On the corner of Pease Street and Anlaby Road in Hull, there is a vivid mural painted on the gable end of the Goodwin Community Hub. The port city’s coat of arms—three crowns, somewhat ironically—sits above scenes of women and men walking, eyes downcast, and of a single trawler ploughing its way through a roiling sea. The mural’s focal point, though, is the figure of a woman; her steely glare passes above the heads of any observers, from beneath a headscarf. Painted in 2016 by Mike Ervine and Kev Largey, the mural commemorates the Triple Trawler Tragedy of 1968 and the remarkable social movement led by Lillian ‘Big Lil’ Bilocca that sprang up in its wake. The movement may have been short-lived, but it bears important testament to the power of direct action and community organising.

Hull’s mural depicting Lillian Bilocca, who led a campaign to improve safety conditions on board North Sea trawlers

In three weeks in January and February 1968, the Hull trawlers St Romanus, Kingston Peridot and Ross Cleveland all sank in freezing North Atlantic waters. Fifty-eight men from the city’s Hessle Road fishing community died. After the St Romanus and Kingston Peridot were reported missing, and with her own son on board a trawler north of Iceland, Bilocca started a petition demanding safer working conditions. The petition was soon circulating widely; hundreds of women collected thousands of signatures. As Brian W. Lavery notes in his detailed account of the ‘Headscarf Revolutionaries’, the Secretary of the Hull branch of the Transport and General Workers’ Union encouraged any men not at sea to assist the ‘fighting fishwives’—they had drawn more attention to the issue in a few days than the union had managed in years.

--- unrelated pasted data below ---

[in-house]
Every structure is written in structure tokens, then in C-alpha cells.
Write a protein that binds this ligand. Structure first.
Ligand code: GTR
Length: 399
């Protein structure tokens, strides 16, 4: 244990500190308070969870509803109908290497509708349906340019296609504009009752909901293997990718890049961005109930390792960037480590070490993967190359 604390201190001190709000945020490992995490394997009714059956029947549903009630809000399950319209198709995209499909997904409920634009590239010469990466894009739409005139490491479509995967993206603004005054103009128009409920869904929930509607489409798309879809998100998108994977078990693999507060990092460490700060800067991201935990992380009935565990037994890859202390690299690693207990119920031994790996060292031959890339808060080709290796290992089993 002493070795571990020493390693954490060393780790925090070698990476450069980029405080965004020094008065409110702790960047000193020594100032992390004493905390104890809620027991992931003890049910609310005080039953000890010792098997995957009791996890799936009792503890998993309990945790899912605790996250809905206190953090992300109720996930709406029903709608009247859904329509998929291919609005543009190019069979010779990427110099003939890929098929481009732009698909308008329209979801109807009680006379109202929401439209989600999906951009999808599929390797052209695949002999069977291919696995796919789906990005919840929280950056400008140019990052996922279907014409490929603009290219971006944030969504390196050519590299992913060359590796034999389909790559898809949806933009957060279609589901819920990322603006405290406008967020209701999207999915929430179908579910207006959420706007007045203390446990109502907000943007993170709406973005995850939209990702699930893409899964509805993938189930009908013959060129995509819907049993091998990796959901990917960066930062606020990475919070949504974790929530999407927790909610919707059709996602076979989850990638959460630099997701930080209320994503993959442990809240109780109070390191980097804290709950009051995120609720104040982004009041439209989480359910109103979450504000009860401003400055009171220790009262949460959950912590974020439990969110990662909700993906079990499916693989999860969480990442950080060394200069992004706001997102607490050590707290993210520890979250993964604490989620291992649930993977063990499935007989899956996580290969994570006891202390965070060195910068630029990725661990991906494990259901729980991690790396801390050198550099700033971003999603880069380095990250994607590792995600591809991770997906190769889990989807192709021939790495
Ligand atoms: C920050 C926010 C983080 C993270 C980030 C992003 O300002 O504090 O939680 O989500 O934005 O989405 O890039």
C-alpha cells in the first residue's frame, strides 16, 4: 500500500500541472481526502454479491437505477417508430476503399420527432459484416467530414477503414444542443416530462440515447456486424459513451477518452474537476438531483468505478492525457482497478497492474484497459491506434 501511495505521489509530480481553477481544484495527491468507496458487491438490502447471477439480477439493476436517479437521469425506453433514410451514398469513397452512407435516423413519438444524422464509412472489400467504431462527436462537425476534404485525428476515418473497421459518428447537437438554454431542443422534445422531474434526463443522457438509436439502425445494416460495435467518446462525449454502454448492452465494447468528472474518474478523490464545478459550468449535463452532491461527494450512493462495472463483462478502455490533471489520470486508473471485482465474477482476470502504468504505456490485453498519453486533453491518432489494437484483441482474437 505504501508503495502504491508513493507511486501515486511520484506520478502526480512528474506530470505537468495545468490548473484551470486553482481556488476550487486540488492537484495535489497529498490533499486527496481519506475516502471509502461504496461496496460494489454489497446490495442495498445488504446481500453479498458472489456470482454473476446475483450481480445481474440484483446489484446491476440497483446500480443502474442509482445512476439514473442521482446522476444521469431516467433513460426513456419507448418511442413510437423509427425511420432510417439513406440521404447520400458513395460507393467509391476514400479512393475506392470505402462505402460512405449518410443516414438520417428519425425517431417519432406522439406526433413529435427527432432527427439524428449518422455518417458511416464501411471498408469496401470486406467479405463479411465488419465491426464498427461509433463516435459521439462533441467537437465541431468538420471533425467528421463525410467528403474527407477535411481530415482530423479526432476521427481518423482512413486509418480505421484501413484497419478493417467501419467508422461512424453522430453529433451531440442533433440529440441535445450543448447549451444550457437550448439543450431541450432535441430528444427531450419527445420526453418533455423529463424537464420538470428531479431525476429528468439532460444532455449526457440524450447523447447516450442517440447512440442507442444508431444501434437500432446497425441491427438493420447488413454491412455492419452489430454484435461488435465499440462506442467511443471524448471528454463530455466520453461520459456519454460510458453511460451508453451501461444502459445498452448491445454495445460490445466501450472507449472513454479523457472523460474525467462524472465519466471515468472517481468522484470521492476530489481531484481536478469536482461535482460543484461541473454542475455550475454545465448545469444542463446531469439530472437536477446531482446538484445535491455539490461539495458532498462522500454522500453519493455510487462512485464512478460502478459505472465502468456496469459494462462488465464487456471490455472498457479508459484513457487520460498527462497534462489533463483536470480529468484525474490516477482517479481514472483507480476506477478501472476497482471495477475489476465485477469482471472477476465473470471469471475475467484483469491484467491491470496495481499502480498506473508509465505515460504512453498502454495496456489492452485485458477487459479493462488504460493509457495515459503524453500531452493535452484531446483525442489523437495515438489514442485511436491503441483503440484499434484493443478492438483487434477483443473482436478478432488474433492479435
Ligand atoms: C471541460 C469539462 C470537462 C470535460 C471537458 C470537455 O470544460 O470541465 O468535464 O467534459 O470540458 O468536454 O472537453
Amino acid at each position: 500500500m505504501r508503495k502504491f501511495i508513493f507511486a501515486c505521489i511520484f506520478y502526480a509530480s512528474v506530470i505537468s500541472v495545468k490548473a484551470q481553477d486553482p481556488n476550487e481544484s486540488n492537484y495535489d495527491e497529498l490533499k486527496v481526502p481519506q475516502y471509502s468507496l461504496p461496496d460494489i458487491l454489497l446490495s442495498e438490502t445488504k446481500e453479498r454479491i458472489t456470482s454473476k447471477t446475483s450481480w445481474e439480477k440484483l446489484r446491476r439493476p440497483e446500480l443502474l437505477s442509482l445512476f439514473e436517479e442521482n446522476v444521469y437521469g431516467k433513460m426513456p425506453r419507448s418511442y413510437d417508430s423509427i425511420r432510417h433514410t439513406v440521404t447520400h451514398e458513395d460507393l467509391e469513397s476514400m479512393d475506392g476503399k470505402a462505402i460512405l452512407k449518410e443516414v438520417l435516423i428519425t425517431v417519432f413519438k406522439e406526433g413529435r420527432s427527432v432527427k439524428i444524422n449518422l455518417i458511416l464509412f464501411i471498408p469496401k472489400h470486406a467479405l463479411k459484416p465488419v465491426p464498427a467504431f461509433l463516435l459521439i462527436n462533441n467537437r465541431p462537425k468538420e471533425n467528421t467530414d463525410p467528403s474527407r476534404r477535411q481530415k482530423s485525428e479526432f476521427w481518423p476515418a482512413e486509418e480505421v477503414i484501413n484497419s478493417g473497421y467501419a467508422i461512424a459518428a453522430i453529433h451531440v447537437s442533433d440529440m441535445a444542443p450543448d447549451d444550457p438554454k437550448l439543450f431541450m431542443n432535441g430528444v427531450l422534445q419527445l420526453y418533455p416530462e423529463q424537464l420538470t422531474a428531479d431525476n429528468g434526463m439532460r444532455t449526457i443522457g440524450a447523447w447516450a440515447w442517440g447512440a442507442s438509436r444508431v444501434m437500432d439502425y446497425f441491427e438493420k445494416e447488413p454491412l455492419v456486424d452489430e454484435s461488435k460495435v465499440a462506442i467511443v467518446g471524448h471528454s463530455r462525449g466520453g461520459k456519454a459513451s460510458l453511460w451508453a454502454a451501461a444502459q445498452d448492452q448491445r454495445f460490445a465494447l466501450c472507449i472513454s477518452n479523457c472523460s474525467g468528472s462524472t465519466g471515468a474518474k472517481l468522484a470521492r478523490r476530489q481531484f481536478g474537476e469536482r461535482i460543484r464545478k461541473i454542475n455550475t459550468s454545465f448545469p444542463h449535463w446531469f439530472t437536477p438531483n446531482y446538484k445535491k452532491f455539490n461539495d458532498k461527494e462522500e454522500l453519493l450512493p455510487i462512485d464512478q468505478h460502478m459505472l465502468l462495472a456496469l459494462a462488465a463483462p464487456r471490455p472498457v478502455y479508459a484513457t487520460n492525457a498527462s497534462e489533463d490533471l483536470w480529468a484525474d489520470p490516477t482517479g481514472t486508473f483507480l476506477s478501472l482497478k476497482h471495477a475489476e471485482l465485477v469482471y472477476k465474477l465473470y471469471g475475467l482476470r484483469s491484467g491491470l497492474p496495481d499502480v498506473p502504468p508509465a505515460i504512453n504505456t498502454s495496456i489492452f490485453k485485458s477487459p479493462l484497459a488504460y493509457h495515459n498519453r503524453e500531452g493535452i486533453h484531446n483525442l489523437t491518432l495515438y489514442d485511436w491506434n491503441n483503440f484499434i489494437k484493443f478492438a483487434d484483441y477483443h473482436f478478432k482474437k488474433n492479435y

After a crowded, raucous meeting at the city’s Victoria Hall on February 2nd , a large group marched to the headquarters of the Hull Fishing Vessel Owners’ Association on St Andrew’s Dock, where the trawler fleet was based. A deputation led by Bilocca was finally allowed into the building, but officials made it clear that the owners of the St Romanus and Kingston Peridot were not prepared to meet with them. Hundreds more women chanted and jeered outside. Early the following morning, Bilocca returned to the dock; a famous photo shows three police officers trying to restrain her as she attempts to board the St Keverne, to prevent it from sailing.

On the 4th, the Ross Cleveland sank just off the north-west coast of Iceland. Miraculously, Harry Eddom, the sole survivor from the three trawlers, made it to shore. He was found on the 6th. The same day, Bilocca, Yvonne Blenkinsop, and Mary Denness delivered the petition (now signed by over 10,000 people) to Harold Wilson’s Labour government at 10 Downing Street. They also delivered a list of 88 proposals outlining how to make the industry safer, all of which would eventually be adopted.